Minka: My Farmhouse in Japan
Format: PDF / Kindle (mobi) / ePub
In 1959 journalist John Roderick joined the Tokyo bureau of the Associated Press. There, he befriended a Japanese family, the Takishitas. After musing offhandedly that he would like to one day have his own house in Japan, the family—unbeknownst to John—set out to grant his wish. They found Roderick a 250-year-old minka, or hand-built farmhouse, with a thatched roof and held together entirely by wooden pegs and joinery. It was about to be washed away by flooding and was being offered for only fourteen dollars. Roderick graciously bought the house, but was privately dismayed at the prospect of living in this enormous old relic lacking heating, bathing, plumbing, and proper kitchen facilities. So the minka was dismantled and stored, where Roderick secretly hoped it would stay, as it did for several years. But Roderick's reverence for natural materials and his appreciation of traditional Japanese and Shinto craftsmanship eventually got the better of him. Before long a team of experienced carpenters were hoisting massive beams, laying wide wooden floors, and attaching the split-bamboo ceiling. In just forty days they rebuilt the house on a hill overlooking Kamakura, the ancient capital of Japan. Working together, they renovated the farmhouse, adding features such as floor-to-ceiling sliding glass doors and a modern kitchen, bath, and toilet. From these humble beginnings, Roderick's minka has become internationally known and has hosted such luminaries as President George H. W. Bush, and Senator Hillary Clinton. John Roderick's architectural memoir Minka tells the compelling and often poignant story of how one man fell in love with the people, culture, and ancient building traditions of Japan, and reminds us all about the importance of craftsmanship and the meaning of place and home in the process.
ceremonies. The first lines of the poem are an elaborate attempt to deceive the god of fire. Since it is made of frost, ice, and snow, the god would waste his time trying to burn it down. As the resting place of the sacred sakaki tree, to persist would add sacrilege to folly. Nomura gave me a heavy wooden mask of the fire god so fierce and frightening it was immediately understandable why the good citizens of Ise nourished such a fear of him. When, with an air of gravity, he then handed me an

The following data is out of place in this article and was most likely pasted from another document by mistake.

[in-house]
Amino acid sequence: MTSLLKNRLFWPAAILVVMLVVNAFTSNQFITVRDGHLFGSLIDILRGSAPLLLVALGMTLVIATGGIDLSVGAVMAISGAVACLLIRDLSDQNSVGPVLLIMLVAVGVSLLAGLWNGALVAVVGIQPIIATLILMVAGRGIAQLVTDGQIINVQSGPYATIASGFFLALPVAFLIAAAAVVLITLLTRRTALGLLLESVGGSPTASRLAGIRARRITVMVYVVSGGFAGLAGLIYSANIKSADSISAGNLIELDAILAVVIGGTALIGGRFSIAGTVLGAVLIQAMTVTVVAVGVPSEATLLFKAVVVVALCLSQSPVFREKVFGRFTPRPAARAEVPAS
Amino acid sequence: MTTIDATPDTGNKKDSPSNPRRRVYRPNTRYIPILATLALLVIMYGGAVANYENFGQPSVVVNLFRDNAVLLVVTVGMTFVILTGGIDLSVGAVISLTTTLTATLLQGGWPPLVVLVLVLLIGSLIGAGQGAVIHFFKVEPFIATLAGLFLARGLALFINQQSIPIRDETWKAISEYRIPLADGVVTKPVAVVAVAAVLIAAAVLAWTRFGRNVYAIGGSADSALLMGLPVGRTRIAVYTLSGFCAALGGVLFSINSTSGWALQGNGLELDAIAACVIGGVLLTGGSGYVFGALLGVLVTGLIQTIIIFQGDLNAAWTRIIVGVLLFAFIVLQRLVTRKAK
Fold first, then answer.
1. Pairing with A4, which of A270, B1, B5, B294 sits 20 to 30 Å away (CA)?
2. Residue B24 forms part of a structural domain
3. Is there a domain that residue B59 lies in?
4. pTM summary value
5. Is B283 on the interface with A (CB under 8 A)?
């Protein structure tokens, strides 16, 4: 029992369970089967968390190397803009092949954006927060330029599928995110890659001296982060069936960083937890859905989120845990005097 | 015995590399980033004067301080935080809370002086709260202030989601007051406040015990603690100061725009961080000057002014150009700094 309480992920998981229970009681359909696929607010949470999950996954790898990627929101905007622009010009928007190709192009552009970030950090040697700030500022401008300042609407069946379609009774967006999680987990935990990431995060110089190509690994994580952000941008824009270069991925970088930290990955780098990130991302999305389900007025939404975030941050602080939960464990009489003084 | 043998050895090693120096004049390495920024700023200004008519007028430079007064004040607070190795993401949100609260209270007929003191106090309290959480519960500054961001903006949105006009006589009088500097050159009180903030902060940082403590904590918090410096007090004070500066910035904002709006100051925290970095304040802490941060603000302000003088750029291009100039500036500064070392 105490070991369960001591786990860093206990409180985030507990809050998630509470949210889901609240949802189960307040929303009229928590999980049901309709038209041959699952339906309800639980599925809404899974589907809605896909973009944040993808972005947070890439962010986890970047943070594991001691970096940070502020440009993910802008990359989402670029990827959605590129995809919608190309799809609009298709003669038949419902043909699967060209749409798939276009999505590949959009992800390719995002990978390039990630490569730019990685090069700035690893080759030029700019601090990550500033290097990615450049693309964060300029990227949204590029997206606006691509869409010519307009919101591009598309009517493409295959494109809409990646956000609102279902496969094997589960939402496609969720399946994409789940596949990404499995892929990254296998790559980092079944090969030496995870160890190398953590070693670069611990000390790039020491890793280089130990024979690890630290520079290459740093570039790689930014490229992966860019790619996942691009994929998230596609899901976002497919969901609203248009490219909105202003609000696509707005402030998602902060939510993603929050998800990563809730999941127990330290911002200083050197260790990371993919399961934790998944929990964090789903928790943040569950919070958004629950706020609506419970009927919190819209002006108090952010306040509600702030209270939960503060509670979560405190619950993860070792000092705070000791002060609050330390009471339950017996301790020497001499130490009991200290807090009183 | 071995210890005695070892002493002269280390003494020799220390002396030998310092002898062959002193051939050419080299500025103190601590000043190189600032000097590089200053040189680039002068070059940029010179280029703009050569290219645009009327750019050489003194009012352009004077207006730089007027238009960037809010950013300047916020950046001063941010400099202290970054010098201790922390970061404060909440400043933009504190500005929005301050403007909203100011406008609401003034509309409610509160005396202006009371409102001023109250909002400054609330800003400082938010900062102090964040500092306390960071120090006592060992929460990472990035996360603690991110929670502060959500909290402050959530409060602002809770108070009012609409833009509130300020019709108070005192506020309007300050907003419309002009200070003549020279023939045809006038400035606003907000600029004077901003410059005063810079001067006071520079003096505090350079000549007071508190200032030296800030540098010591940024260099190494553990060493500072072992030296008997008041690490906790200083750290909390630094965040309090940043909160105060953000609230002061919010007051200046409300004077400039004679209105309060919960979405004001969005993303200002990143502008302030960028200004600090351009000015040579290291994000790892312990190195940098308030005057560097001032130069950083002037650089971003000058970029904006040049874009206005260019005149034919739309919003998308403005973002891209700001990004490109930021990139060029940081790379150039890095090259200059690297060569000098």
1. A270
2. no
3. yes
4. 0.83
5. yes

Kamakura. But it is not suitable. You won’t like it.” The sun had begun to set as we rolled through a tunnel in the residential area west of Kamakura station and headed up a steep dirt road past a Shinto shrine. Sweeping under a canopy of trees in an unfamiliar park, we emerged onto an uninhabited hill covered with tall grass and a few trees. The city of Kamakura lay below us, the sea glinting under the rays of the fading sun. We felt faint. It was everything we had been looking for and hadn’t
too was dead, some say by his own hand, others of a broken heart. Yochan and Reiko are wed, 1983. After all these tragedies, there was a bright note. Yochan married Reiko, his secretary of several years, and began a new and exciting period in his life. In 1985, the Foreign Correspondents’ Club of Japan celebrated its fortieth anniversary with a gala black-tie dinner in a Tokyo hotel. I was asked, as a former president, to be the master of ceremonies. The honored guests were Crown Prince
rubble to make it all flat, or build the gallery over it on reinforced concrete pillars. He chose the latter. Though his love affair with minkas was undiminished, his experience with the Gate House gave him pause. The steep snow roof he envisioned would put it slightly higher than the limit. A painter living on a hill 500 yards away vowed to act if he exceeded it by a jot or a tittle. She feared her view of the distant sea would be blocked if he did. What to do? Yochan’s solution: a white,
debriefing on China. He could and did, arriving with his wife Barbara, the American ambassador James Hodgson, and his wife, after taking half an hour to negotiate the sharp curves to the Great Peak in the embassy’s stretch limousine. It normally takes three minutes. As president, he would never have been allowed by the Secret Service to do it. The road, narrow and twisting, is a certifiable security nightmare. Over tea and cakes, Yochan and I entertained the Bushes for two and a half hours. The